• The euro-area economy will expand faster than previously anticipated this year and next, the European Commission said, though it offered little comfort to the region’s central bank, saying inflation is expected to remain subdued. It sees expansion of 2.3 percent in 2018, up from 2.1 percent predicted in November and close to the decade-high rate reached in 2017. The 2019 forecast was upgraded to 2 percent, meaning the outlook is broadly in line with the most recent projections from the European Central Bank and International Monetary Fund.
  • Citigroup Inc. said an Italian court rejected a 1.8 billion-euro ($2.2 billion) civil claim filed by Parmalat SpA against the bank over the food company’s collapse in 2003. The Milan court dismissed a lawsuit filed against the lender and a number of its former employees in June 2015, according to a statement by New York-based Citgroup and a copy of the ruling seen by Bloomberg. The court said the claim was a duplication of a case that was dismissed in New Jersey in 2008 and that it shouldn’t be allowed to proceed in Italy.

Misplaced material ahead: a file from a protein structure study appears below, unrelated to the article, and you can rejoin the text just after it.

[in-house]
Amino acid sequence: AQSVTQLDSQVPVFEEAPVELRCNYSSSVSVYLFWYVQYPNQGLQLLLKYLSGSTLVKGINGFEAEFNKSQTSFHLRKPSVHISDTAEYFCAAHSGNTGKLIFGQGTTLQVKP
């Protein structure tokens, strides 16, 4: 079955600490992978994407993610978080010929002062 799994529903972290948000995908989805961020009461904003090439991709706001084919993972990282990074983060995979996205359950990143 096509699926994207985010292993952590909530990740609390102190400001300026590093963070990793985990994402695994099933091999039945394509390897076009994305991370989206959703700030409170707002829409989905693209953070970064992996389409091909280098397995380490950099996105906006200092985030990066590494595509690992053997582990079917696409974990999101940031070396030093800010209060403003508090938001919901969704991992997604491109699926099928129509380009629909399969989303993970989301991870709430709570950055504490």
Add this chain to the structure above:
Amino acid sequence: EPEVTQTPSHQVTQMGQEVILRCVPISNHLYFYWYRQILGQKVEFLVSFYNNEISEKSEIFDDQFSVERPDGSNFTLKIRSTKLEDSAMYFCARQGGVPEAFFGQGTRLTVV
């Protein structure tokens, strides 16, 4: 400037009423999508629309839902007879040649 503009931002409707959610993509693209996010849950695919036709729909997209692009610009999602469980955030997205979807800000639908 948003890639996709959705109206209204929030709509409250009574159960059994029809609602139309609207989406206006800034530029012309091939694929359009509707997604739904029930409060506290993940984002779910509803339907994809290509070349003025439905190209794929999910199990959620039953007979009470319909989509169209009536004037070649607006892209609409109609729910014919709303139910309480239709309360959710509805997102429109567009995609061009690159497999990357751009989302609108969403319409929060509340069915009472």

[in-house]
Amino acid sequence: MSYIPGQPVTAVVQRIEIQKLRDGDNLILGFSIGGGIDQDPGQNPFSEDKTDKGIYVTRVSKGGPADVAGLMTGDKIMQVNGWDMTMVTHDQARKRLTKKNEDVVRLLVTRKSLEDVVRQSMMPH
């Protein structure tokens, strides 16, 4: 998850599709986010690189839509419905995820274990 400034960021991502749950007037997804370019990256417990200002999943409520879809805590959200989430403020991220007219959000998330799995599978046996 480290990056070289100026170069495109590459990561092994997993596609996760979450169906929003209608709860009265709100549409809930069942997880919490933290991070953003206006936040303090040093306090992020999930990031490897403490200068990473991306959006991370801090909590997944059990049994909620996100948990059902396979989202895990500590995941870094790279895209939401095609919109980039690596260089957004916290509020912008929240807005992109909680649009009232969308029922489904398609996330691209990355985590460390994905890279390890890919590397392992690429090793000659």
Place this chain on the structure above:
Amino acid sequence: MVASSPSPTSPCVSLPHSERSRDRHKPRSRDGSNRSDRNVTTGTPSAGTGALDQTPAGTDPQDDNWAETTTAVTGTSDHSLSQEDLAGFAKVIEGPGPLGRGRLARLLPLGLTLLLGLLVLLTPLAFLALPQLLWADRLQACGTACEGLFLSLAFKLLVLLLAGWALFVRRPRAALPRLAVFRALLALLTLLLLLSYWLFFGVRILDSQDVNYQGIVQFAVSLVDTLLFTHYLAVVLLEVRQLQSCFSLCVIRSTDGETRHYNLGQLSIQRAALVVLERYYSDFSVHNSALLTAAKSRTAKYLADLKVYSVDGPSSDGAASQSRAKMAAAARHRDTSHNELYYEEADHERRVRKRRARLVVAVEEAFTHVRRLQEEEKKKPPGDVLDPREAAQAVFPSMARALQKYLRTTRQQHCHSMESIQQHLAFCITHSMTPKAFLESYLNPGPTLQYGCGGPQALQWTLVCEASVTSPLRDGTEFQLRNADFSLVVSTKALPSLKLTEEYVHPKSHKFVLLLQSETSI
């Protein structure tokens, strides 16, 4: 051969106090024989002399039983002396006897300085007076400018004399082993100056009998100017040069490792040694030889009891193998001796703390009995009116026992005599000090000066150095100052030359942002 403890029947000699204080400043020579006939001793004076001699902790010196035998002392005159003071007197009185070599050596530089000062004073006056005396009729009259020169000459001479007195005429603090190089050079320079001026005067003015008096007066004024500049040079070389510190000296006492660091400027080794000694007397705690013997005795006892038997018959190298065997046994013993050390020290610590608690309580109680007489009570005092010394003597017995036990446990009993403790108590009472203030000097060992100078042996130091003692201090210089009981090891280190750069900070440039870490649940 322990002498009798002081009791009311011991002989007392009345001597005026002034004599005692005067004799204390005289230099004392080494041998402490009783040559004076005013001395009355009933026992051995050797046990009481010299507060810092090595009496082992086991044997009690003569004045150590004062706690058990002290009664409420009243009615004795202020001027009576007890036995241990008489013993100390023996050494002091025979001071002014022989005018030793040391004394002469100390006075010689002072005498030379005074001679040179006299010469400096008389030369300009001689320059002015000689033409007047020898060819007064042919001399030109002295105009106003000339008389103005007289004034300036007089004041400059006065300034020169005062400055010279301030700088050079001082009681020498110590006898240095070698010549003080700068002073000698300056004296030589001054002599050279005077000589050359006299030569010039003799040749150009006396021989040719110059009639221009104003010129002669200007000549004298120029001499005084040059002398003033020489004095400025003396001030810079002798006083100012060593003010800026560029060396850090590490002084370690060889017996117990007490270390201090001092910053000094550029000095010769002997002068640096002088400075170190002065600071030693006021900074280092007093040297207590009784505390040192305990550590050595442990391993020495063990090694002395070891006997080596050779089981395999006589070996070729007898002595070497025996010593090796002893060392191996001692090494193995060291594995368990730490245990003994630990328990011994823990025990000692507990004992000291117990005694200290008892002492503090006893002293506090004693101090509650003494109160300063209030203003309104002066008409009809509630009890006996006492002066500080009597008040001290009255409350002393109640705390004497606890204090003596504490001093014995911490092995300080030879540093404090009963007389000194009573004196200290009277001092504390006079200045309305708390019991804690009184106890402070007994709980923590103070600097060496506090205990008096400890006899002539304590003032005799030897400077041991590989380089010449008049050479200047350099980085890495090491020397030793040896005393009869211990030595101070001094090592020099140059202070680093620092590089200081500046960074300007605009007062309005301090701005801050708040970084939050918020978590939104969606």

• The global market maelstrom spurred money managers to yank a record $17.4 billion from the mighty SPDR S&P 500 ETF over the past four trading sessions. The $8 billion removed on Tuesday alone was the third-largest daily withdrawal in the post-crisis era. The last time redemptions were close to matching this frenetic pace? In late 2007, when cracks in U.S. equities began to show before the global financial crisis unfolded.